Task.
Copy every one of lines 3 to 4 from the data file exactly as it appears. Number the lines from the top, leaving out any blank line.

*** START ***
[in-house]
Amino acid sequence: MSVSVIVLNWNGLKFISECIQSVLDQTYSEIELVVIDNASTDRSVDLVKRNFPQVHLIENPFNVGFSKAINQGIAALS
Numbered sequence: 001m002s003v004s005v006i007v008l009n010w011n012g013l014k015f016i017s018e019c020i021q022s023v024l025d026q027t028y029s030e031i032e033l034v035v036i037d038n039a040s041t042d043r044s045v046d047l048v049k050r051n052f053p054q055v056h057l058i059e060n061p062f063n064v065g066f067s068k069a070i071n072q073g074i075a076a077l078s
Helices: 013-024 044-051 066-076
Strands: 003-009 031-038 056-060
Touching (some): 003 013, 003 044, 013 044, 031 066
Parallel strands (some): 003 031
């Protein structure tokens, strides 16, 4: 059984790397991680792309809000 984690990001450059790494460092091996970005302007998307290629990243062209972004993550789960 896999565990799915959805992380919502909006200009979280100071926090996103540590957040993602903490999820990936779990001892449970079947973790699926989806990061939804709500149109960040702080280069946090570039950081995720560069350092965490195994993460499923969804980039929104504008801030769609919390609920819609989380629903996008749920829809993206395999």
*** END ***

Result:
Numbered sequence: 001m002s003v004s005v006i007v008l009n010w011n012g013l014k015f016i017s018e019c020i021q022s023v024l025d026q027t028y029s030e031i032e033l034v035v036i037d038n039a040s041t042d043r044s045v046d047l048v049k050r051n052f053p054q055v056h057l058i059e060n061p062f063n064v065g066f067s068k069a070i071n072q073g074i075a076a077l078s
Helices: 013-024 044-051 066-076